How your fear of failure can hurt you

Written on Jun 07, 2018

By Jessica Salerno, OSCPA content manager

It can be uncomfortable to admit you don’t know something and need help. But in the long run, refusing to ask for help to avoid embarrassment can hurt you and your organization.

Rampe“People often feel in their jobs like they need to be perfect and do everything just right,” said Kristen Rampe of Kristen Rampe Consulting. “The problem with that is that we’re human, and sometimes we’re going to make mistakes.”

Rampe will talk about the complexities of admitting failure in the workplace at the July 20 meeting of the Ohio Chapter of the CPA Firm Management Association. Her presentation, “Freedom to Fail,” will cover the approach businesses take to making mistakes and the benefits that can come from those experiences. She’ll also discuss the different spectrums of failure and how to navigate the discomfort of those spaces.

“The problem is when someone is doing something where the common perception is they should know how to do it, and they don’t,” she said. “Then they feel afraid. And no one wants to show up and look like the idiot.”

Instead of admitting they need assistance, some professionals work their way through projects and assignments in hopes that no one will notice what they don’t understand. But there are serious implications in that behavior.

“We’ve got people going through the motions and doing the best they can with unanswered questions,” she said.

There is a degree of shame, Rampe said, to admit you don’t understand something and need help. Professionals are tasked with balancing vulnerability when they admit their weaknesses while also appearing confident and capable at their jobs.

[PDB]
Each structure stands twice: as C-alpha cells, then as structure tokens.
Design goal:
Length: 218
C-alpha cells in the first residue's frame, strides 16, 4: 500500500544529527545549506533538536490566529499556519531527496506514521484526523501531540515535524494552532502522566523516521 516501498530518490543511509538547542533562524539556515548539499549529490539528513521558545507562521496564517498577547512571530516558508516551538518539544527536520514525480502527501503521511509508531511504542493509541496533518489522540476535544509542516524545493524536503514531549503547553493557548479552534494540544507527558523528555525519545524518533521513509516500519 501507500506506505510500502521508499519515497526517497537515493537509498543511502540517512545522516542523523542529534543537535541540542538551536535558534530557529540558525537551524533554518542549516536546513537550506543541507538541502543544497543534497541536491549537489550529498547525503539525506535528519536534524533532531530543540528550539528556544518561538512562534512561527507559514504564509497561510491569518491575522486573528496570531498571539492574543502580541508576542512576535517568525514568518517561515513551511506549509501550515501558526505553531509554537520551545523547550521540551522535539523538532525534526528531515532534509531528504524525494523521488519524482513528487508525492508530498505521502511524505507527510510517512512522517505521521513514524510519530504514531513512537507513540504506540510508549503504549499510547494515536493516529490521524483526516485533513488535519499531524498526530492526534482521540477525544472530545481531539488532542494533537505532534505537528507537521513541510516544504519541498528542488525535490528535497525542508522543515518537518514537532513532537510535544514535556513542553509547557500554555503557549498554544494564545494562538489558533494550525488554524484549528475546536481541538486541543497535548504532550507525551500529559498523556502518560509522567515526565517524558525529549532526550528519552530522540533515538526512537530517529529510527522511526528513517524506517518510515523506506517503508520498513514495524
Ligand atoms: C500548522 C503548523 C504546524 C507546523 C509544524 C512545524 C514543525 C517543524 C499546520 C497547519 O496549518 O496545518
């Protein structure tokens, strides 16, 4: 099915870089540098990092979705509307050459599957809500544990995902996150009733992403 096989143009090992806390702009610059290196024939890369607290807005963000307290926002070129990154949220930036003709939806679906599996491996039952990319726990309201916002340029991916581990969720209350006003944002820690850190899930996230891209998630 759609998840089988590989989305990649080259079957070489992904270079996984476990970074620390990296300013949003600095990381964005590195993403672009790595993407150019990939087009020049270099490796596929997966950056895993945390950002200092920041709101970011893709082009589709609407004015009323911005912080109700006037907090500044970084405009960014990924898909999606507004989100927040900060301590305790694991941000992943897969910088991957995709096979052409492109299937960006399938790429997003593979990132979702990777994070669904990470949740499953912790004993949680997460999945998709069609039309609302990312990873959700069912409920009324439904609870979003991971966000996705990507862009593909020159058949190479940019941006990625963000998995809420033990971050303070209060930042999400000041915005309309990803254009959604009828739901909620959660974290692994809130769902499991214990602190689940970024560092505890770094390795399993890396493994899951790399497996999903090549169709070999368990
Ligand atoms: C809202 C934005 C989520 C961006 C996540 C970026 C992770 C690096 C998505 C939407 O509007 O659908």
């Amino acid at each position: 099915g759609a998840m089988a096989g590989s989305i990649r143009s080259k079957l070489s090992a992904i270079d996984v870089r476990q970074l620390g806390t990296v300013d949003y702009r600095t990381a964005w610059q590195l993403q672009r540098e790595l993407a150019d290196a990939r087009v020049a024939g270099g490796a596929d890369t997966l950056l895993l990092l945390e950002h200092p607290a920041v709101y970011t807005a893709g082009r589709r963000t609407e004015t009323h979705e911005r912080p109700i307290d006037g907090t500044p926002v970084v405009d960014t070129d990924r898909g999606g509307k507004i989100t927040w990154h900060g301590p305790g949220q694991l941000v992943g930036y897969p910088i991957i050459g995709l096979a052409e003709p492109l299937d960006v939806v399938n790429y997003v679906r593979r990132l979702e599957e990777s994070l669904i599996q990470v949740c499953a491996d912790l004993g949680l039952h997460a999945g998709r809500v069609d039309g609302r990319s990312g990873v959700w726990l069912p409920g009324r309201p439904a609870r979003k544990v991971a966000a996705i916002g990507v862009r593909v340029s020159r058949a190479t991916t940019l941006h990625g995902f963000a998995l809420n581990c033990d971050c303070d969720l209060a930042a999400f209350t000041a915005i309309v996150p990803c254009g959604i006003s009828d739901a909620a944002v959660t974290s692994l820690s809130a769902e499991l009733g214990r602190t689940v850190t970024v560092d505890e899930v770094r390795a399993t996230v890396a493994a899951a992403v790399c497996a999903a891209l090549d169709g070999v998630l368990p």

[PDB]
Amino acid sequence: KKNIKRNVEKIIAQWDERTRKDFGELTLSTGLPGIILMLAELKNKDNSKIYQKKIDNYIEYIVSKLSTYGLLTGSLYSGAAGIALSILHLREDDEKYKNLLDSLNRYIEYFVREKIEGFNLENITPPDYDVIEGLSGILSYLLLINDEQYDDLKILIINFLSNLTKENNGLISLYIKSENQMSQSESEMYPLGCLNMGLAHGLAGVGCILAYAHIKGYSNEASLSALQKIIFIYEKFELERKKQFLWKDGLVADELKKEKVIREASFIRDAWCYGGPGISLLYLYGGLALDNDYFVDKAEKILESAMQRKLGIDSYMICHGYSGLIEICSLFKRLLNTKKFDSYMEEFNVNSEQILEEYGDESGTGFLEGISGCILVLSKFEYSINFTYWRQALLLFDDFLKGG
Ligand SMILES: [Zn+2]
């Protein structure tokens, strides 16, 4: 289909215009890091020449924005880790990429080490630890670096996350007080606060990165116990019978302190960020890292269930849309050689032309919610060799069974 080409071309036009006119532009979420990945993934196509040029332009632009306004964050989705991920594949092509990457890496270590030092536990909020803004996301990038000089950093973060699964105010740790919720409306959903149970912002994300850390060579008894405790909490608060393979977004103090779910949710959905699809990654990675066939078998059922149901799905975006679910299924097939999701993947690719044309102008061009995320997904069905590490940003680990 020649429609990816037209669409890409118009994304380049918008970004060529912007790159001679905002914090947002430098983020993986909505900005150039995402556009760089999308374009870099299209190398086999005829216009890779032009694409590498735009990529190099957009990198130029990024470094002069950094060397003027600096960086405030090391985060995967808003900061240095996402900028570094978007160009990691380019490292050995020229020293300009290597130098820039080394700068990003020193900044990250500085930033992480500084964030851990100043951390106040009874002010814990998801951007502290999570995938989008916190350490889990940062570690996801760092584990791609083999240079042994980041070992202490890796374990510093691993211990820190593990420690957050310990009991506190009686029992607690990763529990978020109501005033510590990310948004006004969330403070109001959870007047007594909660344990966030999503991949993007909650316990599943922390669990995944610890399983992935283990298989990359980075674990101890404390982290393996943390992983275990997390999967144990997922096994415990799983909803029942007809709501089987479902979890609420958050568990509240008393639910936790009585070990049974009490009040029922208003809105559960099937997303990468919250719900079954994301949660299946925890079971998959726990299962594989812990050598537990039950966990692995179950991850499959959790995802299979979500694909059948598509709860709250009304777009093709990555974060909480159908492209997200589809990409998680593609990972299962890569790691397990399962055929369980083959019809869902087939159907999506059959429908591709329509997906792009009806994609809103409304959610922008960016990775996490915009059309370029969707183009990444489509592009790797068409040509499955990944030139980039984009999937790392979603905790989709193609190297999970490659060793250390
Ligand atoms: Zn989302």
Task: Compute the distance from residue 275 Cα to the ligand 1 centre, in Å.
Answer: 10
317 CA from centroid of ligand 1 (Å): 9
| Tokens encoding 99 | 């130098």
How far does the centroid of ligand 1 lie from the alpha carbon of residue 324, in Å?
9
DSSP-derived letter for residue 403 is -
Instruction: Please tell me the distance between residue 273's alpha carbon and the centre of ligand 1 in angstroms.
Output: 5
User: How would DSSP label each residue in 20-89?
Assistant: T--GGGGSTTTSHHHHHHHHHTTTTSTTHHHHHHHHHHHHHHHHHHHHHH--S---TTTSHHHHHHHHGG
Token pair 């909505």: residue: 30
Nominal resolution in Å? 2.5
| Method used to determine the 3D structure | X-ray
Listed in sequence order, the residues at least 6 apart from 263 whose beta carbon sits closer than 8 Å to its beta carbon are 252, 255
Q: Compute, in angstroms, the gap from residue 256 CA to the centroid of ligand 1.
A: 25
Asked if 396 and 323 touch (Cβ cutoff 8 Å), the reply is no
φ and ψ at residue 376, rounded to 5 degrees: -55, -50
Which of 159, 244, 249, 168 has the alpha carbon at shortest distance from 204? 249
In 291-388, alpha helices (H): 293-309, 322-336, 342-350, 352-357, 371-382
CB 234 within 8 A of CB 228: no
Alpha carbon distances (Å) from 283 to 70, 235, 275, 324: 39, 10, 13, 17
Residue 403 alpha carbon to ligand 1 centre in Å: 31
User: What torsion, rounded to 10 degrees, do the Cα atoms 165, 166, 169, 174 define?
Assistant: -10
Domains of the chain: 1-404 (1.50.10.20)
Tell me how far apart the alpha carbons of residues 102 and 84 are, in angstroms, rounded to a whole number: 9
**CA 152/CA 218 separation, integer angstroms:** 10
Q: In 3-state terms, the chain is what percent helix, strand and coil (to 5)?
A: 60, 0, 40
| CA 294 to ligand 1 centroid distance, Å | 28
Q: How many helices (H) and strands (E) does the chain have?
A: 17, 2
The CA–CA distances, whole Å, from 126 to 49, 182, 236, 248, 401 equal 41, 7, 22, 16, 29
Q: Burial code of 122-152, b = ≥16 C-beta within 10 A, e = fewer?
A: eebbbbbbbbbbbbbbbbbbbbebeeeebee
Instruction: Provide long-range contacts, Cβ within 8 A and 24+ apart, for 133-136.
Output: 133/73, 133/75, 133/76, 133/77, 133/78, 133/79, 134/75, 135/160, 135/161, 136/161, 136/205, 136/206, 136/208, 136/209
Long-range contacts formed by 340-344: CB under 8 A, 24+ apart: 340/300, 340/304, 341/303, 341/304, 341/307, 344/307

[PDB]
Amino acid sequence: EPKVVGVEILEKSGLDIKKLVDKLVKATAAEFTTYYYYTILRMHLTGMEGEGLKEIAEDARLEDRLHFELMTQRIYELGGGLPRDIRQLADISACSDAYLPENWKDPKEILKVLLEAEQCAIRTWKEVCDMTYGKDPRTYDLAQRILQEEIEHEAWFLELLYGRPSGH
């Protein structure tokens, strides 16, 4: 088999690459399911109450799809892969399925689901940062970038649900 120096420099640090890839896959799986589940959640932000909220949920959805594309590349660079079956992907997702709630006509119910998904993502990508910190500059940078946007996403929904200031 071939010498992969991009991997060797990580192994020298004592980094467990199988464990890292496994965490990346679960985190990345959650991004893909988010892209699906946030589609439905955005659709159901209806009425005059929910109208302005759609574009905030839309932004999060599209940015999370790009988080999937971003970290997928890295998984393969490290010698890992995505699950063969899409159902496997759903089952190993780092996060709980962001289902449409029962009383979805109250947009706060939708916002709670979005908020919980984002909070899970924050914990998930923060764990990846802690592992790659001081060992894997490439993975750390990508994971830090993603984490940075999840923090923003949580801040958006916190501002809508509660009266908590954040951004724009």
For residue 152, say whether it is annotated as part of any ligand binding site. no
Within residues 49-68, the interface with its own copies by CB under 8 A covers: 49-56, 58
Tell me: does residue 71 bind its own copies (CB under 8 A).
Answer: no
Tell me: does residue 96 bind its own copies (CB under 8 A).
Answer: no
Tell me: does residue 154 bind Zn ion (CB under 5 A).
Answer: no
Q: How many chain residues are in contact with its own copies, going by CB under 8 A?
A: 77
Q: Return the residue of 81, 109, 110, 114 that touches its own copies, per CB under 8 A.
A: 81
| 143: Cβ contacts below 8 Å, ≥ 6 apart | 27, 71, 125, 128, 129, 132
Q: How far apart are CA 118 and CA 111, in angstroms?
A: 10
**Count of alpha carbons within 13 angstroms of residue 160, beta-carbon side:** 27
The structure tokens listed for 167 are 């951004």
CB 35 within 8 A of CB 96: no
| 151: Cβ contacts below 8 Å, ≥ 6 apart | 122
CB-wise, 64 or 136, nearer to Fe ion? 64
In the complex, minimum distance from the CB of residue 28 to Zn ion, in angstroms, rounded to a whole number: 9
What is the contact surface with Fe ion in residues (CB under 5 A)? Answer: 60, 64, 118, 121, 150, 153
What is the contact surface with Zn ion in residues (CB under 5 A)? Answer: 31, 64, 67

But do not discount the human connection that comes with being vulnerable, she said. When you admit you don’t understand something, others will often reveal they don’t either, or be happy to help teach you. It creates a bond and a trust, and, ultimately, a stronger working relationship.

Rampe mentioned how it’s important to note there are spectrums to failure. On one end, some types of failure are commonly accepted. These are safe risks, when you try something and it doesn’t work out, nothing significant was impacted and no one is upset.

The opposite end of the spectrum is failure so intentional it’s practically sabotage. Purposefully ruining projects or assignments is something everyone can recognize is wrong, and people feel comfortable calling that out because the behavior is egregious.

“The challenge is all this stuff in the middle,” Rampe said. “What if someone isn’t trained well to do their job or is new and doesn’t have a lot of experience within the organization? Or what if a project is complex and you need to ask more questions than you normally would?”

“That middle chunk is the one that’s the hardest to deal with and deserves exploration,” she said. “What’s happening when people feel safe or unsafe, and how is your company fostering an environment where failure isn’t scary?”

If you’re considering how to implement a culture where failure is safe in your organization, Rampe said to start a group discussion with leaders on how mistakes are viewed. Those individuals set the tone, and that impacts how the rest of the staff handles themselves.

Exploring failure and asking for help is a worthwhile investment in your future growth as a professional.

“All of this is scary and uncomfortable,” Rampe said. “But when we start to get comfortable with the uncomfortable, our relationships get stronger faster. If you and your coworkers really get along well, you won’t be afraid to tell each other when something went wrong and learn from each other.”

Register for “Freedom to Fail” here.

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